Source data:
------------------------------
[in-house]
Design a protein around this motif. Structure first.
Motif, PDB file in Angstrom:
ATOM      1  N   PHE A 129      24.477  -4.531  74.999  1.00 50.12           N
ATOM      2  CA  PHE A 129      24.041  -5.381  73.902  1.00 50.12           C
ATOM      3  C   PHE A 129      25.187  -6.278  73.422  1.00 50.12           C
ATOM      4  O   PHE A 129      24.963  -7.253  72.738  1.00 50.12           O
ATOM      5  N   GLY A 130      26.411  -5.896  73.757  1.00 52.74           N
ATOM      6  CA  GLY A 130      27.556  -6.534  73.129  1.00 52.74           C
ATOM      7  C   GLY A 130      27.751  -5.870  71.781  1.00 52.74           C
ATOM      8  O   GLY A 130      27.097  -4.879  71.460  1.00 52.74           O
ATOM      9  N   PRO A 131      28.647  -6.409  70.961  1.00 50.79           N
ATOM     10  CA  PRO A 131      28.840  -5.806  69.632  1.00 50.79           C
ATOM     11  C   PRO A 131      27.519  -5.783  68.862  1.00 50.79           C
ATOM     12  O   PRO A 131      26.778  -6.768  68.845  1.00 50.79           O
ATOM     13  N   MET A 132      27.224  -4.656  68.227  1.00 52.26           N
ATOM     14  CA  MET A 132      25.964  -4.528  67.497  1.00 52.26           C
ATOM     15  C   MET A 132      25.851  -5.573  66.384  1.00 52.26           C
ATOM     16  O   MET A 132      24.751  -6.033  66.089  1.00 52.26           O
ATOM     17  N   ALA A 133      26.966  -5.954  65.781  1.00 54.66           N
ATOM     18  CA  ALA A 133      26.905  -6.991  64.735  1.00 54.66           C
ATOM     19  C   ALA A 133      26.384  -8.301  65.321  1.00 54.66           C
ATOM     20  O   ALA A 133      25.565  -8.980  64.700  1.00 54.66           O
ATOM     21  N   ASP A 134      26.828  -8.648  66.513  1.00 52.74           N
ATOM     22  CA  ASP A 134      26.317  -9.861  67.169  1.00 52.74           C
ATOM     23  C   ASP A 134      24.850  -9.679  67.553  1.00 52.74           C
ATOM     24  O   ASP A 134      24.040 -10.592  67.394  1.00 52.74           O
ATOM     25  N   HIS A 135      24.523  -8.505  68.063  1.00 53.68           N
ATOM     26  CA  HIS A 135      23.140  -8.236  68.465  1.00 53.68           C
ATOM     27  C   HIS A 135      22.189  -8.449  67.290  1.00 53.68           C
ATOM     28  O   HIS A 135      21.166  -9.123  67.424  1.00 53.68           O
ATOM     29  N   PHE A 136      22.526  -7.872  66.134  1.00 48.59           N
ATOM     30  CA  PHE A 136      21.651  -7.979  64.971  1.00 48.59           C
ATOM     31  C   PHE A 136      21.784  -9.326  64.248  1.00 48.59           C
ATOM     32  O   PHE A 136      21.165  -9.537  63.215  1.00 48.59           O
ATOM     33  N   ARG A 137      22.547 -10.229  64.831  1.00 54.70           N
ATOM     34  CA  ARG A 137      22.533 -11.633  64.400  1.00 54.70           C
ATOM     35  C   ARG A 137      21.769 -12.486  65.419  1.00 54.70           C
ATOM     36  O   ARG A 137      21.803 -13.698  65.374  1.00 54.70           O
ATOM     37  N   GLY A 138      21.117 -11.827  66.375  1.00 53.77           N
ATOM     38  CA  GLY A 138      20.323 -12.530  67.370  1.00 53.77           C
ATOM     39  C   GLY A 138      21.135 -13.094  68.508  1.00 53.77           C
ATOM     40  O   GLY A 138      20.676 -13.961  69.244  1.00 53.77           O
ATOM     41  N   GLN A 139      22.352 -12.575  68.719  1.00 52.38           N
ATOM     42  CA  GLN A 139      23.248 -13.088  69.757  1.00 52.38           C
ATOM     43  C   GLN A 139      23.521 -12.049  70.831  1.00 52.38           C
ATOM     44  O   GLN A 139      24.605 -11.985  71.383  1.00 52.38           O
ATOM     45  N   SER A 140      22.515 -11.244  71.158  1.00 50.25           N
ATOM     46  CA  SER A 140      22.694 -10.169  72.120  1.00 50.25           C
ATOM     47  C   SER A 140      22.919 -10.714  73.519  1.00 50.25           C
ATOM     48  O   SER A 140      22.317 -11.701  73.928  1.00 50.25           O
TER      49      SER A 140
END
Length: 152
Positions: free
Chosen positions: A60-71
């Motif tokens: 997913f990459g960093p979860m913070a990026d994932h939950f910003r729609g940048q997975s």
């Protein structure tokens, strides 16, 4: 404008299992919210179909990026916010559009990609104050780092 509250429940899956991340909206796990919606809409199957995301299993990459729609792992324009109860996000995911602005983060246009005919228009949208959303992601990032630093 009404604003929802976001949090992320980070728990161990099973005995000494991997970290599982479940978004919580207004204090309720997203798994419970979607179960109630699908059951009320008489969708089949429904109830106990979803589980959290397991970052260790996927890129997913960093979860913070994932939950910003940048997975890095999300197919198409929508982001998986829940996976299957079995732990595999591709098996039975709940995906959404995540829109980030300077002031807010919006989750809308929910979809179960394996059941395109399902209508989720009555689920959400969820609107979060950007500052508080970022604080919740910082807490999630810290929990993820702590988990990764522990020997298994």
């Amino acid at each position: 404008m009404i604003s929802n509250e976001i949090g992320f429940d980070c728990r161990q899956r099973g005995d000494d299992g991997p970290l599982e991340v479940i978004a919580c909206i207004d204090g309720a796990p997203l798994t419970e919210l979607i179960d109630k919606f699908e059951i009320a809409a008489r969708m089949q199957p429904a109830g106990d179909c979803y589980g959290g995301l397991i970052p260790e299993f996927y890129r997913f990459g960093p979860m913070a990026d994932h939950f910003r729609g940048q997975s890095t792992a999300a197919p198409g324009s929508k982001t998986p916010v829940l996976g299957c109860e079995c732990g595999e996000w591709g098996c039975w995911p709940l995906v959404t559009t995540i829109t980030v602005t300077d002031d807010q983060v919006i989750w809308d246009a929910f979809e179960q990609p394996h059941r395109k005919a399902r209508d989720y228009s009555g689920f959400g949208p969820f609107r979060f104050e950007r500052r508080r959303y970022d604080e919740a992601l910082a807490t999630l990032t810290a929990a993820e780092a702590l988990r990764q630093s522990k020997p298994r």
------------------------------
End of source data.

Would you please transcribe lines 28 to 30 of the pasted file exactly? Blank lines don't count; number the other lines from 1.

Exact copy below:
ATOM     25  N   HIS A 135      24.523  -8.505  68.063  1.00 53.68           N
ATOM     26  CA  HIS A 135      23.140  -8.236  68.465  1.00 53.68           C
ATOM     27  C   HIS A 135      22.189  -8.449  67.290  1.00 53.68           C